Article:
Thursday, 4 September 2008

An Old Faithful - Revamped

I've made a beer stew for years. Called carbonnade of boeuf when I'm being posh, it's a family favourite. I usually serve it with mounds of buttery rice or creamy mashed potatoes, but last night I wanted a one pot meal. So I decided to add macaroni. It was a very rewarding experiment.

The 21st Century Housewife's
Beef and Macaroni Stew
Serves 4


2 - 4 tablespoons olive oil
1 large onion, peeled and sliced
500 grams braising steak, cubed
1/2 cup flour
5 carrots, peeled and chopped in chunks
2 beef stock cubes
boiling water
1 bottle (approximately 330 ml) lager beer (I used Coor's Light)
1 cup of dried macaroni

You need a large casserole that can be used both on the stove top and in the oven. I use a Le Creuset casserole that my Mother in Law gave me several years ago. It's one of my favourite pans.

Heat 2 tablespoons of the oil in the casserole on the stove top over medium heat. Add the onions, and cook until translucent.

Place the flour in a bowl, and coat each piece of braising steak in the flour individually before adding it to the pan with the onions. This takes time, but it's worth it for the flavour. If there is any flour left over afterwards, sprinkle it over the top of the meat and onions. Stir the mixture over medium heat to brown the beef. You may need to add some more of the oil to keep the mixture from sticking.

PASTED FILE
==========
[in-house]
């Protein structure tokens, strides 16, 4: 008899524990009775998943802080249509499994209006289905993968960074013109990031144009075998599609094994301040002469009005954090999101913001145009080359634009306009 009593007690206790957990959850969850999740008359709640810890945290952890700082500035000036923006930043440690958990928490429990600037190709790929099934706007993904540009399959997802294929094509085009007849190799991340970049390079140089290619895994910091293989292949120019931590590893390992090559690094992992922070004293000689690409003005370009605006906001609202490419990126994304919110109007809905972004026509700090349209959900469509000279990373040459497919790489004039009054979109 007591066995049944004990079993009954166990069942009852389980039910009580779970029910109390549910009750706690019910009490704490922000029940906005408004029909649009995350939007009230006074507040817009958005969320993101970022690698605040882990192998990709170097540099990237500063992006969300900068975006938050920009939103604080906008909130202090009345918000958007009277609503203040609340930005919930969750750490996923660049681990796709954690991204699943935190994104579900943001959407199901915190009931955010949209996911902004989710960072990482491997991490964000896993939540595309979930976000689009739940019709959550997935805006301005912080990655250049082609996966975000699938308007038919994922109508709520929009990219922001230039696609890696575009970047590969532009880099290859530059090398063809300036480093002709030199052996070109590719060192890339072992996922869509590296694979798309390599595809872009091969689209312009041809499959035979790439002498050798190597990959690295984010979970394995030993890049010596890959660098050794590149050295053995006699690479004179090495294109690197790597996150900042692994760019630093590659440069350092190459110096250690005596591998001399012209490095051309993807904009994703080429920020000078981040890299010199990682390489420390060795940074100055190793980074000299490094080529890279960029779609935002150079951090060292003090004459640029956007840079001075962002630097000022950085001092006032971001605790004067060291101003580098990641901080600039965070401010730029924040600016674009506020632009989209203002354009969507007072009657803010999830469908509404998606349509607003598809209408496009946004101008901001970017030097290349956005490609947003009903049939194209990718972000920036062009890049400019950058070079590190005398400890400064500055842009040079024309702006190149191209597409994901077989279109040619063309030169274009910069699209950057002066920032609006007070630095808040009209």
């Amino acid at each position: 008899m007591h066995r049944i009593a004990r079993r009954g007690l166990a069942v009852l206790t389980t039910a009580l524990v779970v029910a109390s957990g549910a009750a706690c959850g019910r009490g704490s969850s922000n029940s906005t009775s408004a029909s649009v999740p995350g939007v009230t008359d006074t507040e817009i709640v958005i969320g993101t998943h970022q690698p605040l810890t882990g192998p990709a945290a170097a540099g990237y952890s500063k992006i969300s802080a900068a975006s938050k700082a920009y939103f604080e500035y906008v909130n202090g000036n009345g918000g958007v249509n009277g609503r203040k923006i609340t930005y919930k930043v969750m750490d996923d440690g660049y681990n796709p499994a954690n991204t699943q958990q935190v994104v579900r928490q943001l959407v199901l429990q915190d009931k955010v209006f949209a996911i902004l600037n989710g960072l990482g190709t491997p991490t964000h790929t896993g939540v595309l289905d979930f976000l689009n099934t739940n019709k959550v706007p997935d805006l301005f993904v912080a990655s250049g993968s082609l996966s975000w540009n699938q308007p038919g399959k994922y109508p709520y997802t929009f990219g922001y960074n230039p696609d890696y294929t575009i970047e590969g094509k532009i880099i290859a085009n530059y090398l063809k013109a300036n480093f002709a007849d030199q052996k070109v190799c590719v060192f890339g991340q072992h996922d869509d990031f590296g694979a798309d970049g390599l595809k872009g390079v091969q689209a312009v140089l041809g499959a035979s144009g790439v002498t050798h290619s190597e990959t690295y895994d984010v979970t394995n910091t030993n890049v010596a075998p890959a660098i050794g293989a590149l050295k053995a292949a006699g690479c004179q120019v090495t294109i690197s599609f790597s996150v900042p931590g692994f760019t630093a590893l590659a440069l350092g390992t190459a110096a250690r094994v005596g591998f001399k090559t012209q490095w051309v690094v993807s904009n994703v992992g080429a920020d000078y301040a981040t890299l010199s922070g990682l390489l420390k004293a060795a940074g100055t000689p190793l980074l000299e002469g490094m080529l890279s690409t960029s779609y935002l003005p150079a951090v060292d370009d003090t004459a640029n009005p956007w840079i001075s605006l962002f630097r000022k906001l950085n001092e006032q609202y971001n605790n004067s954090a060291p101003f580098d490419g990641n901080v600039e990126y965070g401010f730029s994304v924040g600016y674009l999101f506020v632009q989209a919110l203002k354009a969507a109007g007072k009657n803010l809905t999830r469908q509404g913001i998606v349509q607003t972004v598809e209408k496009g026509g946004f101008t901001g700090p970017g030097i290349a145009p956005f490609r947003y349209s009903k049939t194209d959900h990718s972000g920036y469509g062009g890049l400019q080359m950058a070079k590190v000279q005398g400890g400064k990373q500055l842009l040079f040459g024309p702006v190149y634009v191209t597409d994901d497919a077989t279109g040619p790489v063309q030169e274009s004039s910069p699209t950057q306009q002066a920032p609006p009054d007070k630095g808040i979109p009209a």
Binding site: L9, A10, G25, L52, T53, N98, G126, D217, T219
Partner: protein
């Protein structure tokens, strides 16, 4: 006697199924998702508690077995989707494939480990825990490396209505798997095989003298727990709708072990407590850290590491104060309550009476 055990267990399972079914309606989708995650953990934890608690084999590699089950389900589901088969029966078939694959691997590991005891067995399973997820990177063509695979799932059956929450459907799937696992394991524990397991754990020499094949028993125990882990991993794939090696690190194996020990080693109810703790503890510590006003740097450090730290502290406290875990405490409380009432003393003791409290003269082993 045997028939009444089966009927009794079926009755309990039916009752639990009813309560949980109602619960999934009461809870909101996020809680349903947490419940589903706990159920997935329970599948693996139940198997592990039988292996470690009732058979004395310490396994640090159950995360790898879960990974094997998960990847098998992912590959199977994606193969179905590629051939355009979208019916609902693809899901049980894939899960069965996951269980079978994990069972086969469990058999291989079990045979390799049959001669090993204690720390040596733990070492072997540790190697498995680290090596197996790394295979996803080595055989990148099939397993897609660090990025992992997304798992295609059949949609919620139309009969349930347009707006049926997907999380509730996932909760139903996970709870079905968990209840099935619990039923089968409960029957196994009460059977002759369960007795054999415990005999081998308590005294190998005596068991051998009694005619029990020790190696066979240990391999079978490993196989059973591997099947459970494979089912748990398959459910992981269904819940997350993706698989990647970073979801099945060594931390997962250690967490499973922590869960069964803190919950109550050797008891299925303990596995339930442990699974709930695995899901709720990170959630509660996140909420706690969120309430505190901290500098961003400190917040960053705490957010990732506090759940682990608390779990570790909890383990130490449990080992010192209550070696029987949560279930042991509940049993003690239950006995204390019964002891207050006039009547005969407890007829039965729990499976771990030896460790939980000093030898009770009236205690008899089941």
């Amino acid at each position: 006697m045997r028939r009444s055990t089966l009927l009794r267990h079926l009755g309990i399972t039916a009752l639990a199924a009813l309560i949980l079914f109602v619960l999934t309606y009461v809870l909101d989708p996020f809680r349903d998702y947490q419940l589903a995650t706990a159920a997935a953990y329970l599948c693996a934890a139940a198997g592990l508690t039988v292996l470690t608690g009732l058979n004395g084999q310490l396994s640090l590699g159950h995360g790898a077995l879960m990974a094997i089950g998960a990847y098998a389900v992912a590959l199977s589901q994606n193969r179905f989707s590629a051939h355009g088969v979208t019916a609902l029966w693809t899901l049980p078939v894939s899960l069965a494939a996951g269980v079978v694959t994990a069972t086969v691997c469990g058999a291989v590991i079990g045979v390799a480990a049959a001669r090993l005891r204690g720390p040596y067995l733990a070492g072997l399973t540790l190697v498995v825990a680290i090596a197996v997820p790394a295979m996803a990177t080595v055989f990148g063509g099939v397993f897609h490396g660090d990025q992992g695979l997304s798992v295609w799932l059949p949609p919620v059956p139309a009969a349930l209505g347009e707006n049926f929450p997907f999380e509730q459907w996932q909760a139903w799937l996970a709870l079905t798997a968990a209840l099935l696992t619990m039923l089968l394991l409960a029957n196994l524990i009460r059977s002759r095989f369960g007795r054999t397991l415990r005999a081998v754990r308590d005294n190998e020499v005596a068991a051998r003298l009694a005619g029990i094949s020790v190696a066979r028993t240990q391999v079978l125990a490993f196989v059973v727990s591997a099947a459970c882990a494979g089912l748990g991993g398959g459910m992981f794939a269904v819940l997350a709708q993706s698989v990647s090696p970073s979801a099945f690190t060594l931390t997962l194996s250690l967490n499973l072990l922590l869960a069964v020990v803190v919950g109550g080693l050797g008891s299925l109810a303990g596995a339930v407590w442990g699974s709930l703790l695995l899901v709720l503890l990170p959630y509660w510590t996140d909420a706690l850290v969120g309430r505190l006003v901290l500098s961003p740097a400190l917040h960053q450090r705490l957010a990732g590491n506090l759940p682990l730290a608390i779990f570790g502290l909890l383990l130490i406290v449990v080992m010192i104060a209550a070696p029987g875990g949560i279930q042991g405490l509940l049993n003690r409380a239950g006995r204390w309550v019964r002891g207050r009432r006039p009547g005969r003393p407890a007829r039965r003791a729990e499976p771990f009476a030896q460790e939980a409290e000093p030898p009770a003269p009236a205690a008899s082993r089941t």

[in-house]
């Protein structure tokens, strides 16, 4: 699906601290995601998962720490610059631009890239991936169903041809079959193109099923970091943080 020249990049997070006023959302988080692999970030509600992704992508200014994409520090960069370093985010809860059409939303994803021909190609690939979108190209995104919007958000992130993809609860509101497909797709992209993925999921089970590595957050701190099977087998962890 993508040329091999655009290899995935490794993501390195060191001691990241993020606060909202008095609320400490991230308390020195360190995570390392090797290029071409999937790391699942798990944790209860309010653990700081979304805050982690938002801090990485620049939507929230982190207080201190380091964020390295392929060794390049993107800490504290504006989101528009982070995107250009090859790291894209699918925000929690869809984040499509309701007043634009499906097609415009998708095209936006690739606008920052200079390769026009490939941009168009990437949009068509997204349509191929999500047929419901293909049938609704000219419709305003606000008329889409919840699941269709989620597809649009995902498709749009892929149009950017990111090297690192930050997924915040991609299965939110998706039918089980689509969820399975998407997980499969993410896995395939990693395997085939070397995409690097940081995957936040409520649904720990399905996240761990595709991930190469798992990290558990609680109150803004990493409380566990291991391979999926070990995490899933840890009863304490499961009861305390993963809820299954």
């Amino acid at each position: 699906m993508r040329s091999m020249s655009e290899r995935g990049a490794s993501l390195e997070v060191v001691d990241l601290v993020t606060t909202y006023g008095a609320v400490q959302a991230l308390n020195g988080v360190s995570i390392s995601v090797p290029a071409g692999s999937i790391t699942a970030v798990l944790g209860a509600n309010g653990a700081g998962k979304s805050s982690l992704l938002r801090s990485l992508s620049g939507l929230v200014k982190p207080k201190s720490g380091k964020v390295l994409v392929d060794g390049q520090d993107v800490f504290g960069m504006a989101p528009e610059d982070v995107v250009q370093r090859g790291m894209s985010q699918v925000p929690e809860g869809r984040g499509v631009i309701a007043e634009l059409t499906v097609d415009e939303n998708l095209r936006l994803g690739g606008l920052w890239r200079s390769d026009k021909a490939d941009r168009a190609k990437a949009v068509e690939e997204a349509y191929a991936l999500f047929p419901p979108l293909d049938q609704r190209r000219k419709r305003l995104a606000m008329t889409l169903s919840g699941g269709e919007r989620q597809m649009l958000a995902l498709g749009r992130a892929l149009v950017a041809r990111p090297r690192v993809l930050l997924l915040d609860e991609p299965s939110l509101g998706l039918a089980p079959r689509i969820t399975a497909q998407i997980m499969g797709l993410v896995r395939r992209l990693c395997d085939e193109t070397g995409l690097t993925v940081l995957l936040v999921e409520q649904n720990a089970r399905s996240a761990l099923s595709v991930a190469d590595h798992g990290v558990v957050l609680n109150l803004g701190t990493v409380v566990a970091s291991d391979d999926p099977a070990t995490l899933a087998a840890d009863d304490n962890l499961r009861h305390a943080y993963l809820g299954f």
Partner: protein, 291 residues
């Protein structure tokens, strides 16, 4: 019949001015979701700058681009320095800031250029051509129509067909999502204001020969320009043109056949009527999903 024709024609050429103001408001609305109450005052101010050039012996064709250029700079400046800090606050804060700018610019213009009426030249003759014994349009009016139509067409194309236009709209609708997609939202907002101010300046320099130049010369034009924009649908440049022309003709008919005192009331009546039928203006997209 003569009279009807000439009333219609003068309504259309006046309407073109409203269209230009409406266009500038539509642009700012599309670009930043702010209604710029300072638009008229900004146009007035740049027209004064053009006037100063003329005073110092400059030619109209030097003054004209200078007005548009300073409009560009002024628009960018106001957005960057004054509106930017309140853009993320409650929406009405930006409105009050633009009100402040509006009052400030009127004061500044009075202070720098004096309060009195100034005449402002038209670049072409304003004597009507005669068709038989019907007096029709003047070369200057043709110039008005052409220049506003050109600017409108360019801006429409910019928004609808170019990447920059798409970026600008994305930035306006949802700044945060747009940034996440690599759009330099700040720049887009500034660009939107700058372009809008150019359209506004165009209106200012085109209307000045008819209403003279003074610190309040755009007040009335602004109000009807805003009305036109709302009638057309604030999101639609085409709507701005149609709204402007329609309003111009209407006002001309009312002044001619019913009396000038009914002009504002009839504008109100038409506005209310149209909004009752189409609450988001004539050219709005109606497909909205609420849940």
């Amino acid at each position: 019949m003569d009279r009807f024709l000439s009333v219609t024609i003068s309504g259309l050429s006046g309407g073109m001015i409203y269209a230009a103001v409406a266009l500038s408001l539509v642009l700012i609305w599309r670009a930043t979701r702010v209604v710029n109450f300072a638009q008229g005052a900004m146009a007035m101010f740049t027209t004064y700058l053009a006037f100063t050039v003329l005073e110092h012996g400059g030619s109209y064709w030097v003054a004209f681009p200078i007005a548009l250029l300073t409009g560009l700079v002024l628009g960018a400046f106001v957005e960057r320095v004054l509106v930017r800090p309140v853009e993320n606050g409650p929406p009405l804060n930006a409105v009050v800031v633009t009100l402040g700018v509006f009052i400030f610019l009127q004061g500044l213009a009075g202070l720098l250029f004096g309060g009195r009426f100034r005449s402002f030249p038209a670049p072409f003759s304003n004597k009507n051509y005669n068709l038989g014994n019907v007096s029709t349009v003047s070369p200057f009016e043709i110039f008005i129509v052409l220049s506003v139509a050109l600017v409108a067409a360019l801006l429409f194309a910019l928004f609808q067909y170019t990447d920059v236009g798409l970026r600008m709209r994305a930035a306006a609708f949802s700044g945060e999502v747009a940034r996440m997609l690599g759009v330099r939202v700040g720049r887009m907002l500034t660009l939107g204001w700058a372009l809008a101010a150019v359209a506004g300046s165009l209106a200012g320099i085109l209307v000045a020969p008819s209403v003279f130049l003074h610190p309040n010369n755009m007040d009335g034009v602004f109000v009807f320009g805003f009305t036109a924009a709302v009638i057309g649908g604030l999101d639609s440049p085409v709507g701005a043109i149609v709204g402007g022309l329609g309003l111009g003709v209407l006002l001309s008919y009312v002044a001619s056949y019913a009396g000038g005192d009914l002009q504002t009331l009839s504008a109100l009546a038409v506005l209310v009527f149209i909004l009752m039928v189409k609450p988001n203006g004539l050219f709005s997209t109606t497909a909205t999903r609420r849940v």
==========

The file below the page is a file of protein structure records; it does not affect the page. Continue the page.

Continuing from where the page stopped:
Place the carrot chunks in the casserole and crumble the stock cubes over. Now pour in boiling water half way up the mixture in the pan. Pour in the beer. Stir gently. Cover the casserole and put it in the oven at 150 C (325 F).

Cook for at least an hour and a half, stirring once or twice. You want the meat to be really soft and tender. At this point, remove the casserole from the oven and place it on a heat proof surface. Give it a stir and top it up with some more boiling water - just to bring the liquid slightly over the meat and vegetables. Don't add too much, you can always add more later.
Now stir in the macaroni , cover and return the casserole to the oven. Check it again after about ten minutes. You want the macaroni to take up most of the liquid so that you have a sauce, but not soup! If the macaroni has done that but is still too al dente for your taste, add a little more water and cook some more.

The stew is done when the macaroni is al dente. I serve this is big bowls with crusty bread. It is amazing comfort food and totally delicious.

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